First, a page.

Biodegradable plastics are designed to biodegrade in soil, not in water and especially not in our oceans.

The most effective way of addressing plastic litter and  in fact any litter that ends up in the ocean, is to stop it at source, prevent it from getting there in the first place. This can be achieved by education to change the behaviour of people, perhaps engineering remedies like filtration and screening, formulation of products, but these are not matters that we are qualified to address.

Plastics marked as ‘biodegradable’ do not degrade rapidly in the ocean. National and international standards have been developed to define terms such as ‘compostable’ and ‘biodegradable’ which refer exclusively to terrestrial systems, most typically to industrial composting. The Australian Standard AS4736 defines biodegradable bioplastics that are suitable for industrial composting, but makes no claims about other environments, including marine environment.

Biodegradation occurs when microorganisms consume the material as feed and in the process generate CO2, water and leave some harmless residual biomass. The rate and extent of biodegradation is dependent on a number of variables, mostly the immediate microorganic population. A compostable bioplastic will completely biodegrade within a composting cycle, which is about three months. Composting conditions include a very healthy population of microorganisms, plenty of oxygen and water and elevated temperatures. When the conditions are less than ideal, the process is much slower or may not occur.

Conditions in the world’s oceans and seas varies in oxygen level, temperature, microorganism levels, action of tides and waves, so there is no single environment in which a microfibre might be found, but one common condition is that the level of microorganic activity is much lower than in a compost heap. Therefore the rate of biodegradation will be much slower and as a result, the microfibre will be present in the marine environment for some months, perhaps longer,  before it completely biodegrades.

There are performance standards covering the compostability of plastics, like Australian Standard AS4736, but to date there have been no internationally recognised standards covering biodegradability in the sea, partly because the conditions vary so much. This is now changing with performance standards addressing biodegradability in the sea currently being developed in Europe and North America.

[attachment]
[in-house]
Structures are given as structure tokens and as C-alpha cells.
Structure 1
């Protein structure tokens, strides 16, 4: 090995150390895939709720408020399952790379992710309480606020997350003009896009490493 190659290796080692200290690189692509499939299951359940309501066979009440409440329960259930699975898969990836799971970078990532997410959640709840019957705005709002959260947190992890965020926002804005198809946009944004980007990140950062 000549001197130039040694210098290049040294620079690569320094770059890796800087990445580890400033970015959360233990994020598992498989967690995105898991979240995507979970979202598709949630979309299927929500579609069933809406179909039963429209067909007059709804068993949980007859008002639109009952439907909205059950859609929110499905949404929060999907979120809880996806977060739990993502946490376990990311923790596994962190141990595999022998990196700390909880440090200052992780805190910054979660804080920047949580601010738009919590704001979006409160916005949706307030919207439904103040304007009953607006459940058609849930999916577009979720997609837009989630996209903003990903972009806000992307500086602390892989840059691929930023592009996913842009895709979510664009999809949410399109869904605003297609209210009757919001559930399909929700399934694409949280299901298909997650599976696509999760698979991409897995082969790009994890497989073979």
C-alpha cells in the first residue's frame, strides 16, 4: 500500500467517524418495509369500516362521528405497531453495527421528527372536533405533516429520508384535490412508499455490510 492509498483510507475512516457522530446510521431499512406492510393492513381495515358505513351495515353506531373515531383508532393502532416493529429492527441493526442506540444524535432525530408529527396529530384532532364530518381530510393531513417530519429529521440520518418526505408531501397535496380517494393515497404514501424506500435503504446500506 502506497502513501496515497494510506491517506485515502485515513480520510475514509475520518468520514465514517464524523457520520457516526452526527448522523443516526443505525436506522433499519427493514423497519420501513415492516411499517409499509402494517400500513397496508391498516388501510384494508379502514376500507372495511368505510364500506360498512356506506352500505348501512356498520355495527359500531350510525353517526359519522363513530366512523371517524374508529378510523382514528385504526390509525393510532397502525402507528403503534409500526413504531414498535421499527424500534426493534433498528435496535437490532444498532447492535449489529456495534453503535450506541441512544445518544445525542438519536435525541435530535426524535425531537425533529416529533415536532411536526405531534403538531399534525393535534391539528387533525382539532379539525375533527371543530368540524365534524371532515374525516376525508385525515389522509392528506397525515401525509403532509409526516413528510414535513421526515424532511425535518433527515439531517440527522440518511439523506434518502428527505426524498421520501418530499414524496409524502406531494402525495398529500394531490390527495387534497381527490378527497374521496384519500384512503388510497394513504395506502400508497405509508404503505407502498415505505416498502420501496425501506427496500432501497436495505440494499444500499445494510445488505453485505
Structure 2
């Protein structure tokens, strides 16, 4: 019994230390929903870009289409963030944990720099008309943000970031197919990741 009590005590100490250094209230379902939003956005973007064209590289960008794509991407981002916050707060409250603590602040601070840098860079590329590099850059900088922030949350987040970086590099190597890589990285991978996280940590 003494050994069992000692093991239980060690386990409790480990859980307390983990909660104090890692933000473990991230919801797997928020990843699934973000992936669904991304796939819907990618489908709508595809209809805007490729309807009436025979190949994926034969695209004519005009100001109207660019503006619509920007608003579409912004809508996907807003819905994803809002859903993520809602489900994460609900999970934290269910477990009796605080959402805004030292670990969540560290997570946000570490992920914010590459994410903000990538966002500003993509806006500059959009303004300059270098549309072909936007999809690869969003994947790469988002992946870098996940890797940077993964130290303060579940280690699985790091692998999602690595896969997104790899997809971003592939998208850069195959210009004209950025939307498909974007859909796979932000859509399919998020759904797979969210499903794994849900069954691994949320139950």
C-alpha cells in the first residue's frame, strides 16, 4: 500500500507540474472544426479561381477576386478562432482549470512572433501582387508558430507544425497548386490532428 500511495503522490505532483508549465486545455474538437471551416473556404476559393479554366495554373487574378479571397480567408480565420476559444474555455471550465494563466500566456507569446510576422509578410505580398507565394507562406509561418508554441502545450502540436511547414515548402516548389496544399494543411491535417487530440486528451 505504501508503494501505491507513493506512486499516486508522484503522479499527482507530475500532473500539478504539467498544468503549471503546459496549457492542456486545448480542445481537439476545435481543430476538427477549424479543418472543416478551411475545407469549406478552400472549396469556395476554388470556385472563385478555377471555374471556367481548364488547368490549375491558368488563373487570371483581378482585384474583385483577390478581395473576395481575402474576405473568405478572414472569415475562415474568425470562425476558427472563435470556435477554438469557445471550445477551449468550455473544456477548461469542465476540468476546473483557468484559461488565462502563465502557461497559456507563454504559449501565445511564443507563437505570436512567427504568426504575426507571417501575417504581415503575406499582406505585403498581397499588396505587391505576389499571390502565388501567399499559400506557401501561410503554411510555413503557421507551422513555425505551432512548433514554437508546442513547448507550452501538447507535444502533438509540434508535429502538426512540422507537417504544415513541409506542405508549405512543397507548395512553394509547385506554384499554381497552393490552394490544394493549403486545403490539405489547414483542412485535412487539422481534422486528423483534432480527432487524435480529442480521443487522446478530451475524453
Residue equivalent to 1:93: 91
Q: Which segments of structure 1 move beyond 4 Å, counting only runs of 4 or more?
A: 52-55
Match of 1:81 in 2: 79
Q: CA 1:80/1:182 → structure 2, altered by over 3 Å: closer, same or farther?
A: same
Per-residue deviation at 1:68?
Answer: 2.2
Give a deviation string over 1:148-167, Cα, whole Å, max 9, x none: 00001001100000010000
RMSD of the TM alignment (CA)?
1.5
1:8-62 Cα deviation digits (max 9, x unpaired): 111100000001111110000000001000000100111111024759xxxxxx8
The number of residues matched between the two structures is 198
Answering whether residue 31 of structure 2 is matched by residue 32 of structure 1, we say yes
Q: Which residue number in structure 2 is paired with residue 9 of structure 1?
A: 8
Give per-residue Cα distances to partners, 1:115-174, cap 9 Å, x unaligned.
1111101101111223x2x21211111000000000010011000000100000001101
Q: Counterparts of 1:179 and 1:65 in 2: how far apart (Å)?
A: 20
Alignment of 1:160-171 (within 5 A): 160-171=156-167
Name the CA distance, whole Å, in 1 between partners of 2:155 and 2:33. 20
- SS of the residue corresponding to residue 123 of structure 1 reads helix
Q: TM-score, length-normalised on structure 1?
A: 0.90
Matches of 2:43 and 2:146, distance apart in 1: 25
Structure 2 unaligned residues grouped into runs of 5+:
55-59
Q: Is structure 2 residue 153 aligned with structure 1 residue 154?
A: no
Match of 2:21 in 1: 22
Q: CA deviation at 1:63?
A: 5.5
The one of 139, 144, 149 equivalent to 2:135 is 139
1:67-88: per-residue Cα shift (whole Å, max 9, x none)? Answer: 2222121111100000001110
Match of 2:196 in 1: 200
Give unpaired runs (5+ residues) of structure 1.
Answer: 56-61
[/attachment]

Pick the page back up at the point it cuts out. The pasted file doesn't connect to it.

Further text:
Plastics, whether plant-based, fossil-based, degradable or non-degradable, should never be allowed to end up as waste in the ocean, unless specifically engineered to decompose rapidly in marine environments. Further research and the design of products that biodegrade in marine environment can only help to reduce the impacts of marine litter in the future where efficient waste management is not sufficient enough. The main solution to plastics in the ocean is better waste collection and recycling.

For more information see – Are biodegradable bioplastics a solution for the problem of marine litter?

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Oxo-Biodegradables And Other Additive-Mediated Plastics Are Not Bioplastics

“Oxo-degradable” plastics are conventional plastics containing special additives designed to promote the oxidation of the product, resulting in its brittleness and fragmentation into small pieces, but uncertain to ensure a complete degradation or mineralization.

Products made with additive-technology and available on the market include film applications such as shopping bags, agricultural mulch films and, most recently, certain plastic bottles. Experts from the plastics industry, waste management, and environment protection voice serious concerns about these products. They claim to be “degradable”, “oxo-degradable”, “oxo-biodegradable”, or “oxo-fragmentable”, and sometimes even “compostable”, without providing any sort of proof for the claims made.

These products are made from conventional plastics and supplemented with specific additives in order to mimic biodegradation. In truth, however, these additives only facilitate a fragmentation of the materials, which do not fully degrade but break down into very small fragments that remain in the environment – a process that would be more accurately described by the term “oxo-fragmentation”.

Claims of “oxo-degradability” might sound appealing, yet, they are misleading as they cannot be verified due to the absence of a standard specification i.e. an explicit set of requirements to be satisfied by the product.